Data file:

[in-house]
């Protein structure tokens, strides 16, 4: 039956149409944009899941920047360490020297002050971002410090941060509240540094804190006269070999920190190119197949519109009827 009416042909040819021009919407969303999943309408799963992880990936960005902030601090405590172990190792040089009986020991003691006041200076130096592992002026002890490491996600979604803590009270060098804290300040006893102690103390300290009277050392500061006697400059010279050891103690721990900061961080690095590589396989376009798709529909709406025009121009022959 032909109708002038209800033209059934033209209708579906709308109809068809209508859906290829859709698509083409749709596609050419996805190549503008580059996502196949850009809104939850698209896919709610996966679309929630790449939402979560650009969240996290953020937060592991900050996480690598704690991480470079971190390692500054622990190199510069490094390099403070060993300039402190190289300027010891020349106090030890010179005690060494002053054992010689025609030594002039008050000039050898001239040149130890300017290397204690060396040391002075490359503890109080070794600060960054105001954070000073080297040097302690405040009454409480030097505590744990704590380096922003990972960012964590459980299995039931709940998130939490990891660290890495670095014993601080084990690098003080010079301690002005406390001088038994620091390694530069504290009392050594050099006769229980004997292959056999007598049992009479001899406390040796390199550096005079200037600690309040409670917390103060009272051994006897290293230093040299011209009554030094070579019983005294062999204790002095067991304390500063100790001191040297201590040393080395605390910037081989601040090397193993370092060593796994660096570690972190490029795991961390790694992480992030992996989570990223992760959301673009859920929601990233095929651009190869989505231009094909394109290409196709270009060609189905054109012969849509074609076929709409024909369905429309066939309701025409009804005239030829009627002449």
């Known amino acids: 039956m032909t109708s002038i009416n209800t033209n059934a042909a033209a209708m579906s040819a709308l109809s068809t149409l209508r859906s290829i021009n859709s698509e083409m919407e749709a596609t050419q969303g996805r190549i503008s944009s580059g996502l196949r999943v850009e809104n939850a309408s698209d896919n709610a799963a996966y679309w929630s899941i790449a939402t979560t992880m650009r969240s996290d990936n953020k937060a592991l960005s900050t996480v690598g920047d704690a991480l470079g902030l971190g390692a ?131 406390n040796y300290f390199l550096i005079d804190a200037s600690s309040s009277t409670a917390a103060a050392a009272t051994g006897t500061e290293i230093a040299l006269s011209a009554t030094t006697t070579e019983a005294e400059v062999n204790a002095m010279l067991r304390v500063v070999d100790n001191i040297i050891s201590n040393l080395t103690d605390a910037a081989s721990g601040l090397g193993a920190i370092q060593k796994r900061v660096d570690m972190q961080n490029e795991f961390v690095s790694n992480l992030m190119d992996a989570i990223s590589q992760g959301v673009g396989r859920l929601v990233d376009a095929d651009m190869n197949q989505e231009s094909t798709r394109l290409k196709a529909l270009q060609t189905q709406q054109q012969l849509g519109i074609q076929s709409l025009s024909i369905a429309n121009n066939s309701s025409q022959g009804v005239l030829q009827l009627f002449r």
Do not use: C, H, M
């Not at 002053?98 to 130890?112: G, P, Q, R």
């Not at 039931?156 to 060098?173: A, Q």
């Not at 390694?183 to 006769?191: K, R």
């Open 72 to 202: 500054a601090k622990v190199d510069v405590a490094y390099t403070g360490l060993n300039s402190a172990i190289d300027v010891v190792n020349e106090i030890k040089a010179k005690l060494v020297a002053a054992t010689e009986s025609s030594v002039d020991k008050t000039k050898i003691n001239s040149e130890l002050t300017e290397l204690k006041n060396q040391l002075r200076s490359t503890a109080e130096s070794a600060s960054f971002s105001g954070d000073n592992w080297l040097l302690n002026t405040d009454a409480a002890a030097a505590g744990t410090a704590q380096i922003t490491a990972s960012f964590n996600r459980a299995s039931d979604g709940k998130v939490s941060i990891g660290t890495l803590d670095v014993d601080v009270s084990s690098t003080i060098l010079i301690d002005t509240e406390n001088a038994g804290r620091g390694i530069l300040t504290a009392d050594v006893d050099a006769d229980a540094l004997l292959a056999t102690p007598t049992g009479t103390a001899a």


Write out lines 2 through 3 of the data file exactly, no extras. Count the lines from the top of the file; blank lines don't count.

């Protein structure tokens, strides 16, 4: 039956149409944009899941920047360490020297002050971002410090941060509240540094804190006269070999920190190119197949519109009827 009416042909040819021009919407969303999943309408799963992880990936960005902030601090405590172990190792040089009986020991003691006041200076130096592992002026002890490491996600979604803590009270060098804290300040006893102690103390300290009277050392500061006697400059010279050891103690721990900061961080690095590589396989376009798709529909709406025009121009022959 032909109708002038209800033209059934033209209708579906709308109809068809209508859906290829859709698509083409749709596609050419996805190549503008580059996502196949850009809104939850698209896919709610996966679309929630790449939402979560650009969240996290953020937060592991900050996480690598704690991480470079971190390692500054622990190199510069490094390099403070060993300039402190190289300027010891020349106090030890010179005690060494002053054992010689025609030594002039008050000039050898001239040149130890300017290397204690060396040391002075490359503890109080070794600060960054105001954070000073080297040097302690405040009454409480030097505590744990704590380096922003990972960012964590459980299995039931709940998130939490990891660290890495670095014993601080084990690098003080010079301690002005406390001088038994620091390694530069504290009392050594050099006769229980004997292959056999007598049992009479001899406390040796390199550096005079200037600690309040409670917390103060009272051994006897290293230093040299011209009554030094070579019983005294062999204790002095067991304390500063100790001191040297201590040393080395605390910037081989601040090397193993370092060593796994660096570690972190490029795991961390790694992480992030992996989570990223992760959301673009859920929601990233095929651009190869989505231009094909394109290409196709270009060609189905054109012969849509074609076929709409024909369905429309066939309701025409009804005239030829009627002449």
């Known amino acids: 039956m032909t109708s002038i009416n209800t033209n059934a042909a033209a209708m579906s040819a709308l109809s068809t149409l209508r859906s290829i021009n859709s698509e083409m919407e749709a596609t050419q969303g996805r190549i503008s944009s580059g996502l196949r999943v850009e809104n939850a309408s698209d896919n709610a799963a996966y679309w929630s899941i790449a939402t979560t992880m650009r969240s996290d990936n953020k937060a592991l960005s900050t996480v690598g920047d704690a991480l470079g902030l971190g390692a ?131 406390n040796y300290f390199l550096i005079d804190a200037s600690s309040s009277t409670a917390a103060a050392a009272t051994g006897t500061e290293i230093a040299l006269s011209a009554t030094t006697t070579e019983a005294e400059v062999n204790a002095m010279l067991r304390v500063v070999d100790n001191i040297i050891s201590n040393l080395t103690d605390a910037a081989s721990g601040l090397g193993a920190i370092q060593k796994r900061v660096d570690m972190q961080n490029e795991f961390v690095s790694n992480l992030m190119d992996a989570i990223s590589q992760g959301v673009g396989r859920l929601v990233d376009a095929d651009m190869n197949q989505e231009s094909t798709r394109l290409k196709a529909l270009q060609t189905q709406q054109q012969l849509g519109i074609q076929s709409l025009s024909i369905a429309n121009n066939s309701s025409q022959g009804v005239l030829q009827l009627f002449r």